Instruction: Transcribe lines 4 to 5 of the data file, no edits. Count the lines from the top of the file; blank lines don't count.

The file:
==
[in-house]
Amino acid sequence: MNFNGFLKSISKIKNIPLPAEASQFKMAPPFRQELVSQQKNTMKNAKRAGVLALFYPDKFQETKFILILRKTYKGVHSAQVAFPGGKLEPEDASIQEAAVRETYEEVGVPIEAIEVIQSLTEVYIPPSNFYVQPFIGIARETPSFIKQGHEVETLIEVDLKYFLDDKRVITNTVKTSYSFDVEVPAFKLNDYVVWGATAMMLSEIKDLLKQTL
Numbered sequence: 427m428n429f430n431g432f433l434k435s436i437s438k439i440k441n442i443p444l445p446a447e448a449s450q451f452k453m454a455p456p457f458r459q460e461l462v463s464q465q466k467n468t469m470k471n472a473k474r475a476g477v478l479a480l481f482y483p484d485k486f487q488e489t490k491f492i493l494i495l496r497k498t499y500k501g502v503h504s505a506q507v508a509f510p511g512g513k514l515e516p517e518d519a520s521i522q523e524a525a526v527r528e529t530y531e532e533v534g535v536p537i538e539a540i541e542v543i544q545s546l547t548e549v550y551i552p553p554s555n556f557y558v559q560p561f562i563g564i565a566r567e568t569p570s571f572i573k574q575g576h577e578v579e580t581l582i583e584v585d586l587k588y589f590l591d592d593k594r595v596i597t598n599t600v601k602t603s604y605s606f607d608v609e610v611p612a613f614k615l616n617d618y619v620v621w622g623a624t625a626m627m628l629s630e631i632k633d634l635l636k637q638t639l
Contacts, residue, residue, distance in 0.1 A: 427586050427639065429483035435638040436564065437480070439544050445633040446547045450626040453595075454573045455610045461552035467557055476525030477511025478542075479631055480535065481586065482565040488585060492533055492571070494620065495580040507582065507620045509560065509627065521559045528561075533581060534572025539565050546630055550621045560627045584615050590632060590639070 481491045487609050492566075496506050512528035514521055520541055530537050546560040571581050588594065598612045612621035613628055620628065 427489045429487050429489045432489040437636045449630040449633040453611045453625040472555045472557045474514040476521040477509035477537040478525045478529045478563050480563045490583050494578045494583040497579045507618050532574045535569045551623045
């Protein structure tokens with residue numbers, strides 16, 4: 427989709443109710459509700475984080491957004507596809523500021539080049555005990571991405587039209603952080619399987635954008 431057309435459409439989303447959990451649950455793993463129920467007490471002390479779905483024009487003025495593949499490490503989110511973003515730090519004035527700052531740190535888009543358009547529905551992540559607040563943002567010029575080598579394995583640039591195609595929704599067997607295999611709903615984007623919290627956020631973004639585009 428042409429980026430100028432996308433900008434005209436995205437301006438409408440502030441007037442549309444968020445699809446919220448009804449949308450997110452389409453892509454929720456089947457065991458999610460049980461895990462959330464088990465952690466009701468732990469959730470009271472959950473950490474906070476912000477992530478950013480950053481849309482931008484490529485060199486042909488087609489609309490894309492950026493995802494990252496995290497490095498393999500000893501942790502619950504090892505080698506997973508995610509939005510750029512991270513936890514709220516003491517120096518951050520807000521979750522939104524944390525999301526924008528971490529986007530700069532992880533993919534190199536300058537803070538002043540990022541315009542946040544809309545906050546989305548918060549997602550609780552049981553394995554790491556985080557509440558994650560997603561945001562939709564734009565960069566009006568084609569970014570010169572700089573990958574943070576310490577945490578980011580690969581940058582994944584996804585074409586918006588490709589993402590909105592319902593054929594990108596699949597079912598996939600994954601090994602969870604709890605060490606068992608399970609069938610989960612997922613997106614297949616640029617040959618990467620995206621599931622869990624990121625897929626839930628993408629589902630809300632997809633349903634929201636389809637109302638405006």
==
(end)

Contacts, residue, residue, distance in 0.1 A: 427586050427639065429483035435638040436564065437480070439544050445633040446547045450626040453595075454573045455610045461552035467557055476525030477511025478542075479631055480535065481586065482565040488585060492533055492571070494620065495580040507582065507620045509560065509627065521559045528561075533581060534572025539565050546630055550621045560627045584615050590632060590639070 481491045487609050492566075496506050512528035514521055520541055530537050546560040571581050588594065598612045612621035613628055620628065 427489045429487050429489045432489040437636045449630040449633040453611045453625040472555045472557045474514040476521040477509035477537040478525045478529045478563050480563045490583050494578045494583040497579045507618050532574045535569045551623045
């Protein structure tokens with residue numbers, strides 16, 4: 427989709443109710459509700475984080491957004507596809523500021539080049555005990571991405587039209603952080619399987635954008 431057309435459409439989303447959990451649950455793993463129920467007490471002390479779905483024009487003025495593949499490490503989110511973003515730090519004035527700052531740190535888009543358009547529905551992540559607040563943002567010029575080598579394995583640039591195609595929704599067997607295999611709903615984007623919290627956020631973004639585009 428042409429980026430100028432996308433900008434005209436995205437301006438409408440502030441007037442549309444968020445699809446919220448009804449949308450997110452389409453892509454929720456089947457065991458999610460049980461895990462959330464088990465952690466009701468732990469959730470009271472959950473950490474906070476912000477992530478950013480950053481849309482931008484490529485060199486042909488087609489609309490894309492950026493995802494990252496995290497490095498393999500000893501942790502619950504090892505080698506997973508995610509939005510750029512991270513936890514709220516003491517120096518951050520807000521979750522939104524944390525999301526924008528971490529986007530700069532992880533993919534190199536300058537803070538002043540990022541315009542946040544809309545906050546989305548918060549997602550609780552049981553394995554790491556985080557509440558994650560997603561945001562939709564734009565960069566009006568084609569970014570010169572700089573990958574943070576310490577945490578980011580690969581940058582994944584996804585074409586918006588490709589993402590909105592319902593054929594990108596699949597079912598996939600994954601090994602969870604709890605060490606068992608399970609069938610989960612997922613997106614297949616640029617040959618990467620995206621599931622869990624990121625897929626839930628993408629589902630809300632997809633349903634929201636389809637109302638405006």